Cybersecurity News of the Week, April 14, 2024

This week’s essential cybersecurity and privacy news for the cyber-aware and the cyber-concerned. Designed to educate, support, and advocate.

Stan’s Top of the News

The growth of cybercrime is at the Top of the News this week as the FBI provides 2023 data showing a 22% cybercrime spike. Meanwhile, researchers at the University of Oxford have compiled the first-ever cybercrime index. No surprise: Russia ranks at the top.

  • FBI: More Than $12 Billion Lost to Online Fraud in 2023 : American consumers and business owners lost a record $12.5 billion last year to online scammers, marking a 22% spike in cybercrime over 2022, according to the FBI. … The agency says it also received a record number of complaints about online crimes last year — 880,000 — a bump of nearly 10%. … Losses due to online investment scams top the FBI’s list of 2023 cybercrimes, costing Americans $4.57 billion last year, up 38% over the $3.31 billion lost in 2022. Next on the list — with a price tag of $2.9 billion — are bogus business emails, where bad actors compromise legitimate business accounts and trick unsuspecting consumers into sending money, sensitive data or both. Tech support scams rose 15%, making them the third costliest scam of the year, totaling nearly $1 billion. Losses due to ransomware climbed 74% in 2023, draining Americans of nearly $60 million.
  • Russia Tops Global Cybercrime Index, New Study Reveals:  Russia is the most significant source of global cybercrime and serves as the top hub for digital threat actors worldwide, according to the newly released World Cybercrime Index. … The researchers behind the index, published Wednesday in the journal Plos One, said their study provides the first-ever definitive ranking of international cybercrime hotspots at a national level. The report reveals that the majority of global cyberthreat actors operate from a relatively small number of countries. Russia leads the list, followed by Ukraine, China, the United States, Nigeria and Romania.

Small and Midsize Organizations. Take your security to the next level. Apply Now! If you’re a small business, nonprofit, or IT / MSP in the greater Los Angeles area, apply NOW for LA Cybersecure, a pilot program with coaching and guidance that costs less than two cups of coffee a week. The LA Cybersecure Pilot Program is funded by a grant from the Center for Internet Security (CIS) Alan Paller Laureate Program.

Family Protection Newsletter: Did you know we created the Family Protection Newsletter for non-cyber experts? For your parents, friends, those who need to protect themselves in a digital world. Sign up or share with a friend! Click here to learn more and quickly add to your free subscription! 

How Hackable Are You? Take our test. Find out how hackable you are and download our free updated 13-step guide.

  • How Hackable Are You? Think your defenses are strong. Find out as SecureTheVillage tests you on five basics. Please take our short test as your answers will help you and guide us to improve community safety.

Upcoming events. Please join us.

  • Information Security Threat Briefing – A DFPI / FBI / SecureTheVillage Collaboration: SecureTheVillage in collaboration with the CA Department of Financial Protection and Innovation (DFPI) is hosting a cybersecurity threat briefing specifically designed for financial institutions, other fintech organizations, and their IT service providers, MSPs, insurance brokers, and others. FBI Supervisory Special Agent (SSA) Michael Sohn is the keynote speaker. Friday, April 19, 8:30 am – 10:00 am PT.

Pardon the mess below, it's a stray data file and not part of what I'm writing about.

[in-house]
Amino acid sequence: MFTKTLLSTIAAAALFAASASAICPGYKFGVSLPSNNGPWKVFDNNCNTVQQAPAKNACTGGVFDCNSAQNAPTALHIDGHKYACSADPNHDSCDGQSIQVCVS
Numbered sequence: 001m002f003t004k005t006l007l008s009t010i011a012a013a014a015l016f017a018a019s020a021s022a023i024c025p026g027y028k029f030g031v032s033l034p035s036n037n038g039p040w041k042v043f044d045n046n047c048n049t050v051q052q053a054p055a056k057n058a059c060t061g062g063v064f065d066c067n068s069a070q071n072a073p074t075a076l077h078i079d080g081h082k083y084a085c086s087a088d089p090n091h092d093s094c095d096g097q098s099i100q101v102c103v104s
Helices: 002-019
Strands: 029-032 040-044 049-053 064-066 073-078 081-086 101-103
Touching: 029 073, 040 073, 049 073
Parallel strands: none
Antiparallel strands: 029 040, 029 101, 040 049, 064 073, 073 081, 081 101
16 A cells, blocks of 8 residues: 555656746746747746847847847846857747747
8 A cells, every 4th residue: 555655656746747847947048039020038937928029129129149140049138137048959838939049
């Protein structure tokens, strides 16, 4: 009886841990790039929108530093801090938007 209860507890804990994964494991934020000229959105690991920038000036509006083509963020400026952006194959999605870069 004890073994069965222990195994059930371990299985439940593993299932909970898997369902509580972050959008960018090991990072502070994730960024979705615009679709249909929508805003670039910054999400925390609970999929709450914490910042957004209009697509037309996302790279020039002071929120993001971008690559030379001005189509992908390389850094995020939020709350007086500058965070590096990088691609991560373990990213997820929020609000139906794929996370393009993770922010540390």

• Los Angeles Cybersecurity Workforce Coalition: The monthly meeting of the workforce coalition, Tue, May 7, 1:00 pm – 2:00 pm PT. The LA Cybersecurity Workforce Coalition is for employers, educators, government, nonprofits, and others with a professional interest in the cybersecurity workforce challenge.

Please Support SecureTheVillage.

  • We need your help if we’re to build a world of CyberGuardians TM. Please donate to SecureTheVillage. Thank you. It takes a village to secure the village. TM

Cyber Humor

Cybersecurity Nonprofit of the Week … The Anti Phishing Working Group (APWG)

Kudos this week to the Anti Phishing Working Group (APWG). APWG unifies the global response to common cybercrimes and related infrastructure abuse through technical diplomacy; curation of a real-time clearinghouse of internet event data; development of applied research; and deployment and maintenance of global cybersecurity awareness campaigns. All of us can help APWG help us by forwarding malicious-appearing phishing messages to Like SecureTheVillage, APWG is a fellow-member of Nonprofit Cyber.

Section 2 – Let’s Be Careful Out There. And Let’s Help Others Who Aren’t Yet Cyber-Aware. 

Microsoft’s Patch Tuesday is another reminder of the importance of keeping your computers patched and updated.

  • April’s Patch Tuesday Brings Record Number of Fixes: If only Patch Tuesdays came around infrequently — like total solar eclipse rare — instead of just creeping up on us each month like The Man in the Moon. Although to be fair, it would be tough for Microsoft to eclipse the number of vulnerabilities fixed in this month’s patch batch — a record 147 flaws in Windows and related software.